Children & Pregnant Individuals
Research has shown shale gas development (SGD) emits a variety of toxic substances such as fine particulate matter 2.5 (PM2.5), volatile organic compounds (VOCs), polycyclic aromatic hydrocarbons (PAHs), glycol, and many others. Exposure may occur via inhalation (breathing), ingestion (eating), or skin absorption (touching). This is specifically relevant for pregnant individuals, fetuses, and children because it is already known that they are more sensitive to environmental toxicants.
Additionally, some substances in the emissions and waste of SGD are known or suspected endocrine-disrupting chemicals (EDCs). EDCs can impact how hormones operate in the body. Pregnant individuals and developing fetuses are dependent on receiving the right hormones at the right time to foster healthy growth and development. Chemicals that can disrupt this process can have long-term impacts. For more information on specific studies, check out the Featured Research Reviews and the Health Professional Toolkit: Maternal and Child Health.
How Shale Gas Development Impacts Pregnant Individuals
SGD can pose serious health threats to those who are pregnant or planning to become pregnant. Since 2012, more than 25 peer-reviewed studies have looked specifically at the potential impact of SGD on pregnant individuals and newborns. This research has shown greater health impacts on pregnant individuals living in close proximity to shale gas development (1-3 km or 0.6-1.8 miles) than on those who live farther away.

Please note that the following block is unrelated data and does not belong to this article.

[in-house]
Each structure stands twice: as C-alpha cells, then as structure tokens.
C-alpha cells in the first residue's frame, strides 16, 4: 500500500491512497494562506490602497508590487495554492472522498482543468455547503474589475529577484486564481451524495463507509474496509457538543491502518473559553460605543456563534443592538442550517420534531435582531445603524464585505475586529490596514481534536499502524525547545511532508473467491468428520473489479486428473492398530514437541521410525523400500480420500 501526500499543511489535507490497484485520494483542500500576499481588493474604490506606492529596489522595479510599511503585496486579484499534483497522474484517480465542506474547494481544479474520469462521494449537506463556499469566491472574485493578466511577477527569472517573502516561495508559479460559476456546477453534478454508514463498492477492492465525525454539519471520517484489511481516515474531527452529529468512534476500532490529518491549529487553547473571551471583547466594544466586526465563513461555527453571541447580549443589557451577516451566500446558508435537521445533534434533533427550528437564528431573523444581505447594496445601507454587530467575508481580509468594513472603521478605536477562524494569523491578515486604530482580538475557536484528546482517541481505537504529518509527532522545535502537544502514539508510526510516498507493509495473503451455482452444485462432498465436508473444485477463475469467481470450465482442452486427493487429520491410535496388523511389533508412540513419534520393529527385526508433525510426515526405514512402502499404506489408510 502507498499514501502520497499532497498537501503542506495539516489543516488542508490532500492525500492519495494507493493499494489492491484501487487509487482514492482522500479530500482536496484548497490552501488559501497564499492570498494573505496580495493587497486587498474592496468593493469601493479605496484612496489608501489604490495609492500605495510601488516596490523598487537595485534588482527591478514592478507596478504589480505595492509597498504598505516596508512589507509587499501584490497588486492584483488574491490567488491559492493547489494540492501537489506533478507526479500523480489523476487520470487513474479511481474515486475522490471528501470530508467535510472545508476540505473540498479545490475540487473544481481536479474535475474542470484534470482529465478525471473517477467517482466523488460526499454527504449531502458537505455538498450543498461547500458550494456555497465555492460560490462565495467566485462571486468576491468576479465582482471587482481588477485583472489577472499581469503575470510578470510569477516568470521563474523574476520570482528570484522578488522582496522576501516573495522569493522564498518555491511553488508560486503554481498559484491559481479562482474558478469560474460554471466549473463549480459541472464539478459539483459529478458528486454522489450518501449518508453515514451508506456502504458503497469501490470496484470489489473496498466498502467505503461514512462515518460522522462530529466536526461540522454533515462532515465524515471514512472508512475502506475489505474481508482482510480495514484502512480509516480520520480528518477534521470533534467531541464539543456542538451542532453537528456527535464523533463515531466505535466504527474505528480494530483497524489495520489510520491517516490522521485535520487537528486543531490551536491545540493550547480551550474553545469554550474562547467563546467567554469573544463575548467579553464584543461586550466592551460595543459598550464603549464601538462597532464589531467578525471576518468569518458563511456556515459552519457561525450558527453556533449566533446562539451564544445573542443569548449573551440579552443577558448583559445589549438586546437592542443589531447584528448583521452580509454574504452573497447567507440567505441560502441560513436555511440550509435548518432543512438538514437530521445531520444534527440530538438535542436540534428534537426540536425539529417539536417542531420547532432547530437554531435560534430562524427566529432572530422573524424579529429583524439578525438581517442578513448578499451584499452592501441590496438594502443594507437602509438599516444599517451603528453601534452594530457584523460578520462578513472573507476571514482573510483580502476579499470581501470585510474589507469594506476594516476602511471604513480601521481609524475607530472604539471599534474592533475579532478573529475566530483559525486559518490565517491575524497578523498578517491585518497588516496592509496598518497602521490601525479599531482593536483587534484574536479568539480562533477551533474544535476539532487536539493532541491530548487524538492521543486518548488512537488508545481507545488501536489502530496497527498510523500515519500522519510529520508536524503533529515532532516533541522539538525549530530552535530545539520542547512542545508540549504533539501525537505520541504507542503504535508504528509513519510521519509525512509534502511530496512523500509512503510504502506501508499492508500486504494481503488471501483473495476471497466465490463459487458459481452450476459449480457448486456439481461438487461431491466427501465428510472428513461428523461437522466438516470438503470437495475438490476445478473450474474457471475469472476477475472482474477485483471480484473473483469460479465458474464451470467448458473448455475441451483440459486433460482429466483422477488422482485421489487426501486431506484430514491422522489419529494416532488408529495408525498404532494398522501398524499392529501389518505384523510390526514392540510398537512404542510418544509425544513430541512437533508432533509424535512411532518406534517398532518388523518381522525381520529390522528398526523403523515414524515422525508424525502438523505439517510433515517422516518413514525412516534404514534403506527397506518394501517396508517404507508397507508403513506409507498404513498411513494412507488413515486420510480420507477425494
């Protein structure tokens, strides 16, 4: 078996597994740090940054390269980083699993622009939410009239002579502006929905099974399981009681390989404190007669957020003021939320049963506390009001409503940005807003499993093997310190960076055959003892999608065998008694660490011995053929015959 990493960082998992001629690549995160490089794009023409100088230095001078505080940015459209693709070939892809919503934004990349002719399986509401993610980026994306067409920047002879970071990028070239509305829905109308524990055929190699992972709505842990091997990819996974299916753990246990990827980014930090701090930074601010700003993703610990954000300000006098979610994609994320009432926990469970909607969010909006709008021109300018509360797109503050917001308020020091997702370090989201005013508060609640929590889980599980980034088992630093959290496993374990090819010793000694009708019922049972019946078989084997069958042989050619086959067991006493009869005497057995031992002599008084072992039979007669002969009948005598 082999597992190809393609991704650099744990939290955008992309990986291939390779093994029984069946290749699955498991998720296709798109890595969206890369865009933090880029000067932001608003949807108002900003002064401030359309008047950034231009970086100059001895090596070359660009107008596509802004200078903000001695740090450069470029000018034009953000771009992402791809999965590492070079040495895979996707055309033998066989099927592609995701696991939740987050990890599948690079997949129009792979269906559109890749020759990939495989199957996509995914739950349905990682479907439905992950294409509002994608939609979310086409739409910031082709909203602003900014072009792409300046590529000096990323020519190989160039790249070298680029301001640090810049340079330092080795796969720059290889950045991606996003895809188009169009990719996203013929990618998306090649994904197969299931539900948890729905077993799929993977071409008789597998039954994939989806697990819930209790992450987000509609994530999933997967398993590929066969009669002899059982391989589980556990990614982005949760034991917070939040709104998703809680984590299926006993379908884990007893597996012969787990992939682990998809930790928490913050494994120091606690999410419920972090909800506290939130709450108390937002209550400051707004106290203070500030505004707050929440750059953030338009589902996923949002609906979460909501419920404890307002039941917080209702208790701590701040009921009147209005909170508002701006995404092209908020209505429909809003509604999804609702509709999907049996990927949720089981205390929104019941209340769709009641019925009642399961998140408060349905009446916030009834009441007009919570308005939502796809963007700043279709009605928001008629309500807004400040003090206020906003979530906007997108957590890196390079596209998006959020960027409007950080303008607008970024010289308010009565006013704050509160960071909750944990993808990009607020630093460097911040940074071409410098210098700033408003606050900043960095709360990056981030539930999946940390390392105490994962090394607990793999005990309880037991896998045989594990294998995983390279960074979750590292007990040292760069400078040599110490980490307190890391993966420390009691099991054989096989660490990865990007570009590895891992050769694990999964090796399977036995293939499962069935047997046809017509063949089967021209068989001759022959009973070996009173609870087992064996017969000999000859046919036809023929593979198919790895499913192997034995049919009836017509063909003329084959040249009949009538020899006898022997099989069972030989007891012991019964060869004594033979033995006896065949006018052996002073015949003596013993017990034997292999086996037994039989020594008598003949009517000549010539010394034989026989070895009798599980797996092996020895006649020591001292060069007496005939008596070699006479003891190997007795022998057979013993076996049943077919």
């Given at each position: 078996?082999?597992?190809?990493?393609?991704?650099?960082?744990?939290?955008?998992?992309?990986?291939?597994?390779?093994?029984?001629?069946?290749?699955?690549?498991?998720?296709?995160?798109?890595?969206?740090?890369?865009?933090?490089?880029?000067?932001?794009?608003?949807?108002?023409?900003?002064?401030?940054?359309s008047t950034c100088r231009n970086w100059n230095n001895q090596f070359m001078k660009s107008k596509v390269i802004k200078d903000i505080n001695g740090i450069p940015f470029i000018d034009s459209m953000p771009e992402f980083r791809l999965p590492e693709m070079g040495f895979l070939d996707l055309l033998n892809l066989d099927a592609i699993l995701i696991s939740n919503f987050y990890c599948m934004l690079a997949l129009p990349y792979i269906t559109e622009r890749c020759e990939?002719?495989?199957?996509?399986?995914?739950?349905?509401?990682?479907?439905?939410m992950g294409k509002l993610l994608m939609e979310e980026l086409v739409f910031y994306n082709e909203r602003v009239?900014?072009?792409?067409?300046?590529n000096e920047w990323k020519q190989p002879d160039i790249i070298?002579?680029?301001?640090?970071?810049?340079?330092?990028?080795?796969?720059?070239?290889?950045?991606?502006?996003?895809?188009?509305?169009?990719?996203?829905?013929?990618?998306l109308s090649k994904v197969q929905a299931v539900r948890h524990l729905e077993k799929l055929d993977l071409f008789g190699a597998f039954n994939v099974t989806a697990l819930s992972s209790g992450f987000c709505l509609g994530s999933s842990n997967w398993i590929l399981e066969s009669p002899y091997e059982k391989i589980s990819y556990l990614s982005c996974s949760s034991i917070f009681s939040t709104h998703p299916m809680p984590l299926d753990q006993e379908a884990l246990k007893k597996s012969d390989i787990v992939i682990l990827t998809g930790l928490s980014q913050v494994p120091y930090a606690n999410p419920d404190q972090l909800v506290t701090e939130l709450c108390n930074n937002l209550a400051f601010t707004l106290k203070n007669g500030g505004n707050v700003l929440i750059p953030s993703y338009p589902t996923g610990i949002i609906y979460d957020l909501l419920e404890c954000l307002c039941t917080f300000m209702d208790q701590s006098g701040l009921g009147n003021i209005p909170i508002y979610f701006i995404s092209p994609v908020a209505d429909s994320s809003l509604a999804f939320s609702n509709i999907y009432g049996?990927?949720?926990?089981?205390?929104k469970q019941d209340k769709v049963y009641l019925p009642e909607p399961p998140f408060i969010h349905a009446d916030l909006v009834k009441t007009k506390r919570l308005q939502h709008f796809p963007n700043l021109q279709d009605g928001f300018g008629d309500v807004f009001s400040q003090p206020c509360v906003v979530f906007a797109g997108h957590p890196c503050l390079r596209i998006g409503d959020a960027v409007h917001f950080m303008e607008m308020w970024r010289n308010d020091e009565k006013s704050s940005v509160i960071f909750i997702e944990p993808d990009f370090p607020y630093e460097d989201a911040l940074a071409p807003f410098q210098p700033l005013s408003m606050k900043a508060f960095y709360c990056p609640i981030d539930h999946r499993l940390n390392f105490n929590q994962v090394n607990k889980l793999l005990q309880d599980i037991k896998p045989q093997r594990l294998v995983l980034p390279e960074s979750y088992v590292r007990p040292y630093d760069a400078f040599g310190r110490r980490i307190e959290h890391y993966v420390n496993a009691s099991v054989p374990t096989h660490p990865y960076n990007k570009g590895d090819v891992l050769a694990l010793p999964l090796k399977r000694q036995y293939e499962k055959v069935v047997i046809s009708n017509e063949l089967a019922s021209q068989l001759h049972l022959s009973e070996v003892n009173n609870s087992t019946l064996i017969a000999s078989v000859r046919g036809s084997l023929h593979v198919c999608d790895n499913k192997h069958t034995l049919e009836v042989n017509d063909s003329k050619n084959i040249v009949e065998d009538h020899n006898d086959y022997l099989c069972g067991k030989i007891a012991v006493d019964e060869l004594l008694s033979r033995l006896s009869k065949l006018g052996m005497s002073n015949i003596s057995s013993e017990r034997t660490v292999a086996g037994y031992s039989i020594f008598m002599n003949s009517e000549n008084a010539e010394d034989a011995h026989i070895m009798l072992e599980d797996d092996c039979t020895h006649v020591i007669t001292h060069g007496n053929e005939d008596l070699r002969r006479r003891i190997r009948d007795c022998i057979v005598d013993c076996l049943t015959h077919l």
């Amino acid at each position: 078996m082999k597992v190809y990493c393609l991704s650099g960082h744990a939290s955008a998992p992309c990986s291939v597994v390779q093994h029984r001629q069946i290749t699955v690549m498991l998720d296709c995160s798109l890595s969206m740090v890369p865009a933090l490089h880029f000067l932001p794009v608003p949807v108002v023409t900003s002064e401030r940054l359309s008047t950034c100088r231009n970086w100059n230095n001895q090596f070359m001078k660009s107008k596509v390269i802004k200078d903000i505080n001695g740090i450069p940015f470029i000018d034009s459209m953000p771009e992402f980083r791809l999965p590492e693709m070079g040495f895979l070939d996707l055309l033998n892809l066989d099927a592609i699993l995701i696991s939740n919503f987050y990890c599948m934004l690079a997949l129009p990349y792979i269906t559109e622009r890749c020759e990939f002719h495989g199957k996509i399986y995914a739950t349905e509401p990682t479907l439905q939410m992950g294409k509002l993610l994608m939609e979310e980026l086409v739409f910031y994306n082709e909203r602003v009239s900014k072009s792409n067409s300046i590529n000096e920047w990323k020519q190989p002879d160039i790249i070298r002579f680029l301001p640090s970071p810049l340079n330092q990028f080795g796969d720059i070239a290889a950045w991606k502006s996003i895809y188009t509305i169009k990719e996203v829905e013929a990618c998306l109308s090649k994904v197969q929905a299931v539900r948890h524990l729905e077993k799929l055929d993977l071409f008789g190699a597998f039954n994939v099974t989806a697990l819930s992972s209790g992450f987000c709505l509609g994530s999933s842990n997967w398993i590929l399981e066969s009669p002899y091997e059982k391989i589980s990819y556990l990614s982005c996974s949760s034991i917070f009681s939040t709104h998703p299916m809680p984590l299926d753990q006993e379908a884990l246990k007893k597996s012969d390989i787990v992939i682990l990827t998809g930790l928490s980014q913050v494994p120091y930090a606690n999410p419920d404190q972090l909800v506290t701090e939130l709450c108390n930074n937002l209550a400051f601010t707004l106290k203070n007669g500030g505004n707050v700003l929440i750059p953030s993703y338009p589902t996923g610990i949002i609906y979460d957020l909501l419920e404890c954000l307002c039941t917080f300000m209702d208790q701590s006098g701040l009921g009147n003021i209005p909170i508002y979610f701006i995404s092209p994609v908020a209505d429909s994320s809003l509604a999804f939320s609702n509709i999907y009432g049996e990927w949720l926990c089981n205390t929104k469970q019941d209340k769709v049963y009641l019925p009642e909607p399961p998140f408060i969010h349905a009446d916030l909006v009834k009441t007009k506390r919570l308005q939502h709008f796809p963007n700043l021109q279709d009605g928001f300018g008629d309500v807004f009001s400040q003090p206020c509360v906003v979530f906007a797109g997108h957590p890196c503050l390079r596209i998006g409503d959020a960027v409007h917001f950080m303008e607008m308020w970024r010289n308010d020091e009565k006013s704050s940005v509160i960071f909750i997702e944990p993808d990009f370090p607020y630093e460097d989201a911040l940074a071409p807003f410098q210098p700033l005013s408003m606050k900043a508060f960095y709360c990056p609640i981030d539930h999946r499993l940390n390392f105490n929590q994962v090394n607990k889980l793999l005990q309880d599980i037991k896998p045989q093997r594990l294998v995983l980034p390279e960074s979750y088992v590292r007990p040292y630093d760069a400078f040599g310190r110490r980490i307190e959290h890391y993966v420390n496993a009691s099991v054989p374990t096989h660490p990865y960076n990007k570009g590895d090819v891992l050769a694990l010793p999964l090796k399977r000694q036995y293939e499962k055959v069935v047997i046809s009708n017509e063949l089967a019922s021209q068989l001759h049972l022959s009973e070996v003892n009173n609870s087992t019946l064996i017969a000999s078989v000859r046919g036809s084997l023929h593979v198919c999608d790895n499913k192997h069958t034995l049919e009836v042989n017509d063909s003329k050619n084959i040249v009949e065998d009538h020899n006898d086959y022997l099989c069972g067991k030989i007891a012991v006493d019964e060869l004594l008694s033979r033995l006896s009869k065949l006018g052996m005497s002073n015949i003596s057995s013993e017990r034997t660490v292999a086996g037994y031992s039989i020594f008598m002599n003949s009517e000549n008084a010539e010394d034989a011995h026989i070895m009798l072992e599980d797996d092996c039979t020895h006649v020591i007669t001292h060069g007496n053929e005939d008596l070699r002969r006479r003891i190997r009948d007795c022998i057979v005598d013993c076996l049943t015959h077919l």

In a 2014 review, Webb et al. found that chemicals that had been tested for human toxicity and known to be used in SGD were linked with the following health problems related to reproduction and development: birth defects, infertility, miscarriage and stillbirth, impaired fetal growth, low birth weight, preterm birth, and premature or delayed sexual development.
Graphic courtesy of USC Environmental Health Concerns (2021)
How Shale Gas Development Impacts Children
Pregnancy is a vulnerable time for humans. Fetuses are not small adults, and because of their low weight, their relative exposure to toxic substances is higher. Their metabolic pathways are immature, and they are undergoing rapid development, which makes them more susceptible, so impacts could be long-term. For example, it is known that babies born prematurely or of low birth weight have an increased risk for other health issues later in life. In addition, economically speaking, the cost of having a premature or low birth weight baby is four times higher than a full-term baby.
Stress is another important factor that can negatively impact children’s health. It is important to observe behavioral changes in children that may indicate high levels of stress. SGD has many environmental stressors, such as bright lights at night, vibrations, and lack of sleep, that can negatively impact mental health. Physical symptoms such as a stomachache or headache may also indicate stress. If your child has a clean bill of health from his or her health professional, consider that frequent physical complaints can also signal stress. To understand more about this topic, check out the Stress and Mental Health page.
How to help children and teens manage their stress, American Psychological Association
Stress in Children: Signs, Symptoms and Strategies, Kids’ Minds Matter